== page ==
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For many of us, our love for the game begins from a young age and it’s these early experiences that often define our relationship to football and the connection we have to our favourite club. This was certainly the case for Andy Jackson. Growing up a diehard Aston Villafan in Birmingham, the 1980-81 season was one he would never forget.

I can’t remember any particular moment. I think you just grow up as a football fan in the UK. I was just playing the game from as soon as I could stand and being from Birmingham, you go one of two ways. It was either an Aston Villa fan or a Birmingham City fan and I chose the Claret and Blue path.

Andy attended his first Villa game at the age of five or six with his Dad who had managed to get an invite to the directors box through his business contacts. But the first game he really remembers watching was the 1977 League Cup when he was eight years old. It was the now famous replay versus Everton at Old Trafford where Villains centre half, Chris Nicholl scored a stunning long range shot from about 40 yards.

These were very different times for supporters and it was much easier for young fans to connect directly with their club and the players themselves. It certainly strengthened the bond for Jackson.

You would be able to sit on the sideline on the training pitch at Bodymoor Heath and watch them train. And then the minute the training session was over you were running on the pitch with your programme or to get photos with the players and autographs and that.

Andy began attending regular games with his father for the 1980-81 season. Villa started the season strongly and eventually the title challenge was between them as Ipswich. With five games to go, the two teams met on April 14th at Villa Park with Ipswich winning the game 2-1. Many thought Villa’s shot at the Championship was over, but not manager, Ron Saunders.

Ipswich would go on to lose three of their next four matches, while Villa, who had one less game to play, won two and drew one, before it all came down to the final game of the season. In the days of two competition points for a win, Aston Villa only needed a draw or better to win the league. But they would have to do it away to Arsenal on the last day. Ipswich on the other hand were facing Middlesbrough.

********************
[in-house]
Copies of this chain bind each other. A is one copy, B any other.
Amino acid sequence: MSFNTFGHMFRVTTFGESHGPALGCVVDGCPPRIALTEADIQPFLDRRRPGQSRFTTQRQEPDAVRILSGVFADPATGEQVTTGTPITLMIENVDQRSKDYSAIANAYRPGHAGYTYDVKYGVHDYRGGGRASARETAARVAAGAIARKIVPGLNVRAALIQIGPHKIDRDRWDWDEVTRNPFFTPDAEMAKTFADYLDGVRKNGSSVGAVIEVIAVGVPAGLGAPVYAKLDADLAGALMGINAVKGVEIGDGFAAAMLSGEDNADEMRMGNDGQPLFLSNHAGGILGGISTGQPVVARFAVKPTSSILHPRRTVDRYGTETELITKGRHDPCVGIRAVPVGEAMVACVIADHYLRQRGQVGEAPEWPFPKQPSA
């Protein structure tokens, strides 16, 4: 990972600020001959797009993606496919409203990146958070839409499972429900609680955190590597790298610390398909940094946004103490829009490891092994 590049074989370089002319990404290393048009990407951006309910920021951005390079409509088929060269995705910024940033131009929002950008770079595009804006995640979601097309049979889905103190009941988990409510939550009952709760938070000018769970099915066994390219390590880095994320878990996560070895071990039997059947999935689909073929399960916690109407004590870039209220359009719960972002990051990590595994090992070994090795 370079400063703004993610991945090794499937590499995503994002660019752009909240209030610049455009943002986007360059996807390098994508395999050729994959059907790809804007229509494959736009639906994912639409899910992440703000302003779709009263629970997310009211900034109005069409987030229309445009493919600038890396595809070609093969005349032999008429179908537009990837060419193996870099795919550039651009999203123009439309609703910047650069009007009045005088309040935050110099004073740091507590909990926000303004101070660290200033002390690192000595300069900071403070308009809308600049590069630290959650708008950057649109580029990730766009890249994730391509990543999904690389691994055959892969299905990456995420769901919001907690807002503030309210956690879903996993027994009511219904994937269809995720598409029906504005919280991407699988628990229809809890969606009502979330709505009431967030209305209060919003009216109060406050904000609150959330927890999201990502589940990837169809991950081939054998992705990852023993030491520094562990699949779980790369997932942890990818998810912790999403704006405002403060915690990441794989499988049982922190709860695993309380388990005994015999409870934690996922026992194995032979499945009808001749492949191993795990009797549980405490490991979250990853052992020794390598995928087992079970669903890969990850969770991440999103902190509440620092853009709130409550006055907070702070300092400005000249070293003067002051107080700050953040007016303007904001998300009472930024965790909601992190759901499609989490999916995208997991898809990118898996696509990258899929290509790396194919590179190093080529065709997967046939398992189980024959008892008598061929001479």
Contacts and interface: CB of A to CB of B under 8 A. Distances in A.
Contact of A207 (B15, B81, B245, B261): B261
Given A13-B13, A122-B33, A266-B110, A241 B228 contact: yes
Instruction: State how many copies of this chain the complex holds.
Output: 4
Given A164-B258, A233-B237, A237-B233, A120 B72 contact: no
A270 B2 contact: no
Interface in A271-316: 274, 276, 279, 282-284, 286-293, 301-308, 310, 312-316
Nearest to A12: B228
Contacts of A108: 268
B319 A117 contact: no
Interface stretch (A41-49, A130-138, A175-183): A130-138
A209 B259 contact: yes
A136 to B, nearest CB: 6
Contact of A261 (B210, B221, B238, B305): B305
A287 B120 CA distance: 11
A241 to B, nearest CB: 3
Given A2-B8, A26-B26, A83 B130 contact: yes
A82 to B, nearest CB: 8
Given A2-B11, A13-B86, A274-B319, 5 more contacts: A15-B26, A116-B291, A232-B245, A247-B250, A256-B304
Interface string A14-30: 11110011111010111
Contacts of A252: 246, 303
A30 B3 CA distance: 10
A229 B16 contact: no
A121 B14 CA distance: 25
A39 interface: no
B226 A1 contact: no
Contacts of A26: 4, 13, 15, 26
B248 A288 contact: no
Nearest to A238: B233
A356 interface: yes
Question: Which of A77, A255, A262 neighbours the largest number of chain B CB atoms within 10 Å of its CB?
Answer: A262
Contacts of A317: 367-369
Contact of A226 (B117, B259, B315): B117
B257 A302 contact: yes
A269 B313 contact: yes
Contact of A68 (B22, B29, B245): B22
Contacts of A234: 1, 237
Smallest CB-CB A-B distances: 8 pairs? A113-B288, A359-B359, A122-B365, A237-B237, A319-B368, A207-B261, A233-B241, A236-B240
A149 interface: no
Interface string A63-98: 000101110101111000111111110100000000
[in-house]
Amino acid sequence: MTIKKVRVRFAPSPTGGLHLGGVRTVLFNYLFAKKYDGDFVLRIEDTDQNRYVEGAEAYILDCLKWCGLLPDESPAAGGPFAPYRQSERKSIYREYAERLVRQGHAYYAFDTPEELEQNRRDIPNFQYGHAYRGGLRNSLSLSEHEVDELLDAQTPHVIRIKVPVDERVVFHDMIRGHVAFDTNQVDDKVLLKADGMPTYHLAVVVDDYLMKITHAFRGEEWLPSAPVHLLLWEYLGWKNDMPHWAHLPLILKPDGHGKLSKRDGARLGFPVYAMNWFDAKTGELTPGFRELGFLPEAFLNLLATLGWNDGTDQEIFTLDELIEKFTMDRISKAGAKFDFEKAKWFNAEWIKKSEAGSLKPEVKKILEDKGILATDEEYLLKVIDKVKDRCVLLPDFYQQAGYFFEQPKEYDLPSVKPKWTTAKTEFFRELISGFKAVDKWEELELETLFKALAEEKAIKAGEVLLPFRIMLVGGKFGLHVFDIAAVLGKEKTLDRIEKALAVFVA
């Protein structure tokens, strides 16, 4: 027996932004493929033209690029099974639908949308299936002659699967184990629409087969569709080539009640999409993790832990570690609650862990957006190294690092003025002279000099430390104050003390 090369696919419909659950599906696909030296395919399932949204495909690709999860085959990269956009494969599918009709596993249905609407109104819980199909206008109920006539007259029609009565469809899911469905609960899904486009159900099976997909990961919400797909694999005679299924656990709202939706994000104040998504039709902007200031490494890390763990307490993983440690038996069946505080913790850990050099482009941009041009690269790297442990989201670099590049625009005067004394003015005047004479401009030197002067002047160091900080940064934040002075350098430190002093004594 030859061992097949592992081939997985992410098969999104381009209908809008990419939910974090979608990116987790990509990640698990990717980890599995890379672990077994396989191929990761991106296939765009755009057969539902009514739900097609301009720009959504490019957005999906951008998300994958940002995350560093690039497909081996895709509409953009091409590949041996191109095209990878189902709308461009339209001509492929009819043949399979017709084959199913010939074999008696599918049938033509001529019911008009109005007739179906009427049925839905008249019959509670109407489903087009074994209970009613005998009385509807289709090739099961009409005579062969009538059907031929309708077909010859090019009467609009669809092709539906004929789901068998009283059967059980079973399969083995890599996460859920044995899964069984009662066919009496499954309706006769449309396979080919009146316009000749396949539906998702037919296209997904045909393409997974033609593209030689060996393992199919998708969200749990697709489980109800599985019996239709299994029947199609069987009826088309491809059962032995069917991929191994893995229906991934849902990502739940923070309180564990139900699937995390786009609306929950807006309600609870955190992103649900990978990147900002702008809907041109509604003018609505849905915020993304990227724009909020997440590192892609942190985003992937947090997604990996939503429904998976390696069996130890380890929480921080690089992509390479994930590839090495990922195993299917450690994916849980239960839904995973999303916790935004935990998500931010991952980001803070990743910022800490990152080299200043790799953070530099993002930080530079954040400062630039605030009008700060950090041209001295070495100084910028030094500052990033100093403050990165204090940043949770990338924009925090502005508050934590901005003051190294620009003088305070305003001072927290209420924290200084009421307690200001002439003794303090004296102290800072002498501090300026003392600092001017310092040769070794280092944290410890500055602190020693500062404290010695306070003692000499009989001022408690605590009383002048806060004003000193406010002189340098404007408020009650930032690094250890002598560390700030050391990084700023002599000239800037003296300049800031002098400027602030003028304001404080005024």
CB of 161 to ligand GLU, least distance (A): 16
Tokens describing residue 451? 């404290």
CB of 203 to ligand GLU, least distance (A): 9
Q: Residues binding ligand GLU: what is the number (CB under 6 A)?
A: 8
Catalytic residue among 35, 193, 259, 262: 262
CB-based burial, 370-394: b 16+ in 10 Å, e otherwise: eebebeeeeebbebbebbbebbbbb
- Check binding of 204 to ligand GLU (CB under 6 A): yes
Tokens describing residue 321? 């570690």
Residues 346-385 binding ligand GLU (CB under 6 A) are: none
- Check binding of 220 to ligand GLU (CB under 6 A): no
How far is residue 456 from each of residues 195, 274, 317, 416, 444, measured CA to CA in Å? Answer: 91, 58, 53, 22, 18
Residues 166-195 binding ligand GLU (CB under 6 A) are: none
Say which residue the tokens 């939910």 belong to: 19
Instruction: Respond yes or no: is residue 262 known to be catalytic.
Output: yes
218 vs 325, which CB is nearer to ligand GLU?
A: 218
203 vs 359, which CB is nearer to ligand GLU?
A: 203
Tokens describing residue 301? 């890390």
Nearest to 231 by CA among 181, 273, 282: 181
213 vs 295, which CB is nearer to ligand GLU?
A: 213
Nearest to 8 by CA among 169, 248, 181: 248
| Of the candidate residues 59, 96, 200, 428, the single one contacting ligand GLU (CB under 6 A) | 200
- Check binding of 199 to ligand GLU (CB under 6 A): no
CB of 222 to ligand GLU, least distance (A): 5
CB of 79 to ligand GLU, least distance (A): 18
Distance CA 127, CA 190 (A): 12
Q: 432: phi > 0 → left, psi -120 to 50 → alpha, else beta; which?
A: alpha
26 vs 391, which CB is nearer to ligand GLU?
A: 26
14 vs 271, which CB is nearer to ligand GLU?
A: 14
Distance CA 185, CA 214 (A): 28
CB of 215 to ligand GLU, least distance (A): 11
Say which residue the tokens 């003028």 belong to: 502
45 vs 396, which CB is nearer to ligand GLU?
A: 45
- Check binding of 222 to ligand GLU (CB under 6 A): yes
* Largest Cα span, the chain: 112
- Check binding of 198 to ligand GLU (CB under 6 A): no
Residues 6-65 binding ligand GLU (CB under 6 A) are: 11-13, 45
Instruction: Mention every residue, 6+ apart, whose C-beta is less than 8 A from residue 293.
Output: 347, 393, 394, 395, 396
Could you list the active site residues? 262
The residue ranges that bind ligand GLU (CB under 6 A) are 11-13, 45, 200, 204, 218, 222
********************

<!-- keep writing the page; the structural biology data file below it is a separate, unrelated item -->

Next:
There was a real buzz about the match at Highbury in the week leading up to kick off. Villa fans were desperate to get down to North London from Birmingham and come game day, the stadium was packed.

I’ve never been in a crowd like it. Huge swathes of people, you know, you’d end up sort of ten rows forward, people were passing out it was that full.

About 15 minutes prior to kickoff, Arsenal and Villa fans were suddenly rushing the pitch as fights broke out. The stakes were high for the Gunners too as they needed a win to qualify for Europe. Fortunately, police managed to get it under control just before the players came out. With the match got underway, Villa proceed to be 2-0 down inside 20 minutes while Ipswich were leading 1-0 to Middlesborough at half time.

So we’re losing the league, everyone’s like ‘we’ve lost it, we’ve lost it on the last day.’ Villa hadn’t won the league since 1910, so this is 71 years.

Within the space of 10 minutes in the second half, Bosko Yankovic scored twice for Middlesbrough. With Villa fans listening on transistor radios, the news began filtering through at Highbury. Cue celebrations.

And the whole Clock End erupts and all of a sudden Villa fans start appearing in the seats and you know, you suddenly realised how many Villa fans were there. And then obviously a few minutes later a second went in and it’s just this crazy image of fans celebrating when their team’s 2-0 down.

Full time, Aston Villa had won the league and Arsenal had qualified for Europe. Both sets of fans were storming the pitch once again but this time there were no fights, only mutual elation. For young Andy Jackson, it was the experience of a lifetime.

I’ve never forgotten that day, I’ve never forgotten the sights, the smells, the feeling. And it’s that ridiculous combination of fear, joy and absolute depression and I went through all of those that day. But then you come away and it’s just like, man, what a day that was.